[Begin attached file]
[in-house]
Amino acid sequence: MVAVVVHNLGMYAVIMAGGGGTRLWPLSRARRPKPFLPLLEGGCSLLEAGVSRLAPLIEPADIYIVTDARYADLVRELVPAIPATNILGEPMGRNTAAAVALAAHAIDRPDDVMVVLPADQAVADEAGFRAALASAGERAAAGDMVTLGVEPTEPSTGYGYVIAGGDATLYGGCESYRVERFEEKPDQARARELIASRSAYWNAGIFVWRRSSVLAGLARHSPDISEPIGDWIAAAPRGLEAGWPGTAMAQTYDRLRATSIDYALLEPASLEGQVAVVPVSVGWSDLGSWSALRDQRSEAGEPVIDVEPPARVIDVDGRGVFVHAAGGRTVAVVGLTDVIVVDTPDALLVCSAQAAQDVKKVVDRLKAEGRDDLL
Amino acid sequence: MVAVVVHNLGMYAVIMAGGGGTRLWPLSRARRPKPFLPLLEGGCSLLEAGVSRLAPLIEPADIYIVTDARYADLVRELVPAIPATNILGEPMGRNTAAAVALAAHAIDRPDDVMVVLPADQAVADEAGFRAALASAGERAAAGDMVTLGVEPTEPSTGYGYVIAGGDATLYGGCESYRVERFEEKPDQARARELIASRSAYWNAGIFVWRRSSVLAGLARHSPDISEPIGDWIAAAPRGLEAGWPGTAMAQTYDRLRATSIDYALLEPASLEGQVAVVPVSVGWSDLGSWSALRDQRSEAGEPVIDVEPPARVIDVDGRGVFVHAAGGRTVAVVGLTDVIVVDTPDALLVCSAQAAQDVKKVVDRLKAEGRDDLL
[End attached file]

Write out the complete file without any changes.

[in-house]
Amino acid sequence: MVAVVVHNLGMYAVIMAGGGGTRLWPLSRARRPKPFLPLLEGGCSLLEAGVSRLAPLIEPADIYIVTDARYADLVRELVPAIPATNILGEPMGRNTAAAVALAAHAIDRPDDVMVVLPADQAVADEAGFRAALASAGERAAAGDMVTLGVEPTEPSTGYGYVIAGGDATLYGGCESYRVERFEEKPDQARARELIASRSAYWNAGIFVWRRSSVLAGLARHSPDISEPIGDWIAAAPRGLEAGWPGTAMAQTYDRLRATSIDYALLEPASLEGQVAVVPVSVGWSDLGSWSALRDQRSEAGEPVIDVEPPARVIDVDGRGVFVHAAGGRTVAVVGLTDVIVVDTPDALLVCSAQAAQDVKKVVDRLKAEGRDDLL
Amino acid sequence: MVAVVVHNLGMYAVIMAGGGGTRLWPLSRARRPKPFLPLLEGGCSLLEAGVSRLAPLIEPADIYIVTDARYADLVRELVPAIPATNILGEPMGRNTAAAVALAAHAIDRPDDVMVVLPADQAVADEAGFRAALASAGERAAAGDMVTLGVEPTEPSTGYGYVIAGGDATLYGGCESYRVERFEEKPDQARARELIASRSAYWNAGIFVWRRSSVLAGLARHSPDISEPIGDWIAAAPRGLEAGWPGTAMAQTYDRLRATSIDYALLEPASLEGQVAVVPVSVGWSDLGSWSALRDQRSEAGEPVIDVEPPARVIDVDGRGVFVHAAGGRTVAVVGLTDVIVVDTPDALLVCSAQAAQDVKKVVDRLKAEGRDDLL